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Wednesday, Nov. 23, 2016 12:23 am

Minority wrongs

Why the losers are winning in the U.S.

I am among those dismayed by the outcome of the November elections – not because people I disagree with elected the next President of the United States, but because they didn’t. Voters were asked to choose from among four candidates, and the one who was awarded the most votes was Hillary Clinton, the pride of Park Ridge. (As I write, she is leading by a bit more than 1.2 million votes, and most projections put the final margin at about 1.5 million.) I addressed the flaws of the Electoral College briefly over at Second Thoughts, at Unfortunately, the college is embedded so deeply in the Constitution that it will take an amendment to blast it out, and the same small-population states that benefit from their disproportionate influence in the college would have to ratify its abolition.

People who don’t get their news from Facebook will know that this is the second time the popular winner in a presidential race did not become president since 2000. That’s a travesty, but we should be just as troubled by the fact that the Electoral College is not the only, and in some ways is not the worst, of the affronts to democratic self-rule in this country.

Consider the situation in the U.S. Senate. To secure ratification from the smaller states, the Framers gave each state two seats, regardless of population. Today the chamber is dominated by representatives of states in the Plains and West whose constituents are mostly coyotes and cows. (Illinois’ population is 21 times larger than Wyoming’s, yet that state has the same number of representatives in the upper house as we do.) I am indebted to Paul Waldman of the American Prospect for pointing out that in the three elections in which the current members of the U.S. Senate were chosen -- 2012, 2014 and 2016 -- Democratic Senate candidates got a combined 114.8 million votes, or 52.8 percent of the total, while Republican candidates got 102.6 million votes, or 47.2 percent, yet Republicans hold 52 percent of the seats.

As for the other house, the House of Representatives isn’t. Republicans control most state governments, and thus the apportionment process. Maps are drawn to concentrate Democratic voters into a few districts, with the result that this year it is expected that Republican congresspeople will get only 51.5 percent of the two-party vote but will occupy 55.4 percent of the seats.

That matters, because the majority party in the House gets to make the rules, formal and informal. One of the latter is the so-called Hastert Rule, named after  the shame of Kendall County, the odious sexual predator Dennis Hastert whom Republican representatives chose as the Speaker of the U.S House four times beginning in 1999. It was under Hastert that the GOP in 2003 decided that no bill would be advanced to the floor of the House for a vote by the full membership that was not approved by a majority of the Republican caucus – even if, indeed because, the majority of the members of the House would likely approve it. Bills on issue after issue, from gun control to immigration reform, that were backed by a majority of the House’s Democratic and moderate Republican members were not even considered.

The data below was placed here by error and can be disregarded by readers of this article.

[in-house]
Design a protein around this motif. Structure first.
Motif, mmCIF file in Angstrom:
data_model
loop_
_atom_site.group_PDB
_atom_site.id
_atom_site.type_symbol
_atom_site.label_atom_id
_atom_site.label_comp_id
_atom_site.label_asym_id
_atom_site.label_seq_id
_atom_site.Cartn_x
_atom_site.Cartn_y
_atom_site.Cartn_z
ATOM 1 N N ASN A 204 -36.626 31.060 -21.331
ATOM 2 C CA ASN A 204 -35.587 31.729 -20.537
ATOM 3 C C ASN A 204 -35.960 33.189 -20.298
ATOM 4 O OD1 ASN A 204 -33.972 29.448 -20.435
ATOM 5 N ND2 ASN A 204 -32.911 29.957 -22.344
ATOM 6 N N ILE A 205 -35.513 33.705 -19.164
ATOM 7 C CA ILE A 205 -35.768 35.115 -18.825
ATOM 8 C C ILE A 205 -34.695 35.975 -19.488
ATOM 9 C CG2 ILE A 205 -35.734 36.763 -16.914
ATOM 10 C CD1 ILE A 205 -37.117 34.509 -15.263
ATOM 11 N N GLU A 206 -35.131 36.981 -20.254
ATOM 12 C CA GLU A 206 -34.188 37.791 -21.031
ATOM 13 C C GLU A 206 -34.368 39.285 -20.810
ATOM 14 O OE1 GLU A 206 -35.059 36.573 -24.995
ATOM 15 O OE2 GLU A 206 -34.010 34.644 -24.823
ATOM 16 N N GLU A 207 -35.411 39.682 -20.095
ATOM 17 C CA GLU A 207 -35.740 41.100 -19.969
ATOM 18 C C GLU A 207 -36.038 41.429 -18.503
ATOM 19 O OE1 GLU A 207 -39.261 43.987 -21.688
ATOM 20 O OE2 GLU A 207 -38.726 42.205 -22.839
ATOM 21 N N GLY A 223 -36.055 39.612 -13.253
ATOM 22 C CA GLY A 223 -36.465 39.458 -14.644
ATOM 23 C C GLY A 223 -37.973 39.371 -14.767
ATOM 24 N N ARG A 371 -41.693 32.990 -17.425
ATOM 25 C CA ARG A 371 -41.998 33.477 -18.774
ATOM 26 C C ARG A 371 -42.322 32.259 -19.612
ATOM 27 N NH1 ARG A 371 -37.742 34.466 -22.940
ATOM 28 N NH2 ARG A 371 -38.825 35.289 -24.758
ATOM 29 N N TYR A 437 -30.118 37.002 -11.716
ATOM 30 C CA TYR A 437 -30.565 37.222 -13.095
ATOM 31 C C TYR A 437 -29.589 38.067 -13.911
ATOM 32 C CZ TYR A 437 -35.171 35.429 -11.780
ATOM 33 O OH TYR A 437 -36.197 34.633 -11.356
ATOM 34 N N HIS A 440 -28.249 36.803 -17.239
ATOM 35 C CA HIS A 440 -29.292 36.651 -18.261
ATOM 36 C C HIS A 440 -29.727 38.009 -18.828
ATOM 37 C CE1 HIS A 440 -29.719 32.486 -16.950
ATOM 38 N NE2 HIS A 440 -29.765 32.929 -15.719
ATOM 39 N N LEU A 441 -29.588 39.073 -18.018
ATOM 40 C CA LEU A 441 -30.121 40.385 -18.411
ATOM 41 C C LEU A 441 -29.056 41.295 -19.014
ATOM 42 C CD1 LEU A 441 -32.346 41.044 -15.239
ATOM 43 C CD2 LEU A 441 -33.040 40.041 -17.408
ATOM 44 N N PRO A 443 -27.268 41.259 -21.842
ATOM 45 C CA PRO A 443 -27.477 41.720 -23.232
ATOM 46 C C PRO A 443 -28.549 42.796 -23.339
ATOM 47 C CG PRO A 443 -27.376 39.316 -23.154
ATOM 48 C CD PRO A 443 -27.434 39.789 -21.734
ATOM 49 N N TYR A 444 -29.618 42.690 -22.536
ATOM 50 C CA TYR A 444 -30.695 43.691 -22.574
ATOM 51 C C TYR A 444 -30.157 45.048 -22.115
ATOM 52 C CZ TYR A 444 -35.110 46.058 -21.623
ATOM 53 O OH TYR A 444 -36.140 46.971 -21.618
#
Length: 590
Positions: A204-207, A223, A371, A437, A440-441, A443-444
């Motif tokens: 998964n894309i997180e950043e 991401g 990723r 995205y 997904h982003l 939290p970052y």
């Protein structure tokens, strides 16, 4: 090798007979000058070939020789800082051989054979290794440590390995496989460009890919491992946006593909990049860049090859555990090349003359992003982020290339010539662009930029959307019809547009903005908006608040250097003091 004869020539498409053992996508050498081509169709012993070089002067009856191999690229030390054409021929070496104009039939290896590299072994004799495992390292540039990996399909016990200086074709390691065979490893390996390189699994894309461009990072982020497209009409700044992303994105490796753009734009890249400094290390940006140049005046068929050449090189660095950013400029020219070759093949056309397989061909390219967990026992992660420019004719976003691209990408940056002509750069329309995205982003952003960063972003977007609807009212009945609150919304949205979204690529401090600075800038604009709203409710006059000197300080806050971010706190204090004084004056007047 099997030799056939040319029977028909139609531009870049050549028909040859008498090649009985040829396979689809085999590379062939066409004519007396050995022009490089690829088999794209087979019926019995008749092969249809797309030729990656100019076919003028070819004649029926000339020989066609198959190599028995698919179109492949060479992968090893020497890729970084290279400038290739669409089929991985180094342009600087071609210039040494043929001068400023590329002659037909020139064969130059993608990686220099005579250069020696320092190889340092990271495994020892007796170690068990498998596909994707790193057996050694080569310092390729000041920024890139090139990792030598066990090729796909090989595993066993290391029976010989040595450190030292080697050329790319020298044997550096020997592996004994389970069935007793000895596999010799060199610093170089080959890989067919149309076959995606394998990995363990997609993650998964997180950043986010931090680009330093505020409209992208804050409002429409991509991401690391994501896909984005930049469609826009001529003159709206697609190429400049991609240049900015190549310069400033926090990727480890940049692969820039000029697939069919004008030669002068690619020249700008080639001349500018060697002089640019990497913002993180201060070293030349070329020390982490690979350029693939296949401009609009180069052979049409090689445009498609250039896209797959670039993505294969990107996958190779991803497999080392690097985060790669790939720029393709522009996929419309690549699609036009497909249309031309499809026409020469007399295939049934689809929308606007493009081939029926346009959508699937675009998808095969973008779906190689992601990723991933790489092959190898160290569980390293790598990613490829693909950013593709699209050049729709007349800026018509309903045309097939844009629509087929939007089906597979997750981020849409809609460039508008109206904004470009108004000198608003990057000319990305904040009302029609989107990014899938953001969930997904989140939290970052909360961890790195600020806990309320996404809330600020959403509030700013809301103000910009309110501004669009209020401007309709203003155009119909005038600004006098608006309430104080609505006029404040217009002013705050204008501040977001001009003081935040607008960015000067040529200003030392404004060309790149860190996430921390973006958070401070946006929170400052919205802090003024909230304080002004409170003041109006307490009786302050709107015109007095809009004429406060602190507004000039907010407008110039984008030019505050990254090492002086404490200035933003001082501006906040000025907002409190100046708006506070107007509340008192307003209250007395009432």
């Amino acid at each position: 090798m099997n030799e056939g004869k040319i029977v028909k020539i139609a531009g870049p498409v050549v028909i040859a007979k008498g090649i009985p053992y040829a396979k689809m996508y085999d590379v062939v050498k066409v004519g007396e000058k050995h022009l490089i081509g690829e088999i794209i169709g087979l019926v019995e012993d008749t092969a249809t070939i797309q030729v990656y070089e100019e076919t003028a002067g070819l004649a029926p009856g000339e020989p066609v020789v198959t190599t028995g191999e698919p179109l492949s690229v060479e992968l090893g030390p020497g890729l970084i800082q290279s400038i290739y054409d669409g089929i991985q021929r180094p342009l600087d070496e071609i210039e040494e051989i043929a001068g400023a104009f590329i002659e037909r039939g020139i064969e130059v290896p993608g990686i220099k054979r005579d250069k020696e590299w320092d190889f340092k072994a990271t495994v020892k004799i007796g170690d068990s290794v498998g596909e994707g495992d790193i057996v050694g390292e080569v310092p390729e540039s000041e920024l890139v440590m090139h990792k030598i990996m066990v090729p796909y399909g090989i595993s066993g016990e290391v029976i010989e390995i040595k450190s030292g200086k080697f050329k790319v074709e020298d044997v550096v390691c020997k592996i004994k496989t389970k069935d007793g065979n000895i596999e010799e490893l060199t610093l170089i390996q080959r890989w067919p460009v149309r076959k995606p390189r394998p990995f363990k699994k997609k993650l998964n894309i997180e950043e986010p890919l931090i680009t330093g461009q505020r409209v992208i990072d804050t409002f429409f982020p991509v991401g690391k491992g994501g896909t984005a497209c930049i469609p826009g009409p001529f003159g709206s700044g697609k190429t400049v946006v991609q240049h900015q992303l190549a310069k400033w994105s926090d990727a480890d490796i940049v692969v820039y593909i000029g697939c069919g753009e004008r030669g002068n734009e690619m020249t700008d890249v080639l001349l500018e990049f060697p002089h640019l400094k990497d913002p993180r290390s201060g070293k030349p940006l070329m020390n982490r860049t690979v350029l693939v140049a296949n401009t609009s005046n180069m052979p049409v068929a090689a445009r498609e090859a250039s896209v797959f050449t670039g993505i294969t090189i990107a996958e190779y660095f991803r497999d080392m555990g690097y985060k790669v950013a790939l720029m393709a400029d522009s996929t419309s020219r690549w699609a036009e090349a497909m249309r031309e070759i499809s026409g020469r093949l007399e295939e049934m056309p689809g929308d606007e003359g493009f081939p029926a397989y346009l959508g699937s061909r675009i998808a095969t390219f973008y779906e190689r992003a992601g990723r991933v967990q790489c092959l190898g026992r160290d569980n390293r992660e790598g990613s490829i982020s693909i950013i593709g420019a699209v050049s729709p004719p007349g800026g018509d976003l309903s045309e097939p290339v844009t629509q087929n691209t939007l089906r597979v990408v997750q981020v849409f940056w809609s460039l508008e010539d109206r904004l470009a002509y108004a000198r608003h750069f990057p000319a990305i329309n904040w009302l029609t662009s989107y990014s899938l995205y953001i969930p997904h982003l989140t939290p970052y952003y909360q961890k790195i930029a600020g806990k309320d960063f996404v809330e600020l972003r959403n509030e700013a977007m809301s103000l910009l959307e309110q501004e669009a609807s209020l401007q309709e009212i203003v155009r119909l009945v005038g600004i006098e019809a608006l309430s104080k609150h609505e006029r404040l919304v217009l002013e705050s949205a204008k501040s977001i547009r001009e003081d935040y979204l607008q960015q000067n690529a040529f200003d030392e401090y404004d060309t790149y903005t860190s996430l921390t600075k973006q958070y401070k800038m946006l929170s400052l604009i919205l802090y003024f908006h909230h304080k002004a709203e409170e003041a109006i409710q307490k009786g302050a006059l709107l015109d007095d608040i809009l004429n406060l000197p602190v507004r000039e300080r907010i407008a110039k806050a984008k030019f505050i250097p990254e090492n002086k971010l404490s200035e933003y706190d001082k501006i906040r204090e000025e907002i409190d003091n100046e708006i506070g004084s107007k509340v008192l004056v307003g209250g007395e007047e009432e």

The Hastert Rule is no relic of tawdry constitutional politics, nor is it required by any statute. It is a whim of power, a willful suppression of the will of the people for narrow partisan advantage.  As Paul Waldman noted in the Washington Post the other day, “the GOP’s status as a minority party wielding near-absolute power is one of the most important facts about today’s politics.”

In a system that enshrines the principle that power should lie with the people who are least capable of wielding it, state and local governments dictate voting rules. After conservative Supreme Court justices gutted the Voting Rights Act in 2013, Republican-controlled states began systematically to restrict voting opportunities for groups assumed to lean Democratic, such as people of color and college students. They also made it harder for such Americans to register to vote; unregistereds, as they know well, tend to be younger, less wealthy, more friendly to Democrats and more liberal in their policy opinions than registereds. And they contrived a make-believe problem – voter fraud – to compel such protections as photo ID at the polls, which, Republican officials admitted, targeted the poor.

And it worked. Scott Walker’s Wisconsin is a good example. An estimated 300,000 poor black and brown voters who were registered to vote could not because they lacked the strict forms of ID now demanded. Donald Trump won Wisconsin, and its 10 electoral votes, by just 27,000 votes.

We are left to wonder. How can an election in which the winner of the vote does not win the office not be considered rigged? How is a legislative body whose composition does not reflect the population it purports to represent not rigged? How is a legislative body in which the people’s representatives are prevented from voting on the people’s business not rigged?  How are elections in which access to the polls is not uniformly free not rigged? 

NOTE: I inadvertently omitted an intended reference to the makeup of the U.S. Senate in the original version of this piece. The above version includes it.

Contact James Krohe Jr. at

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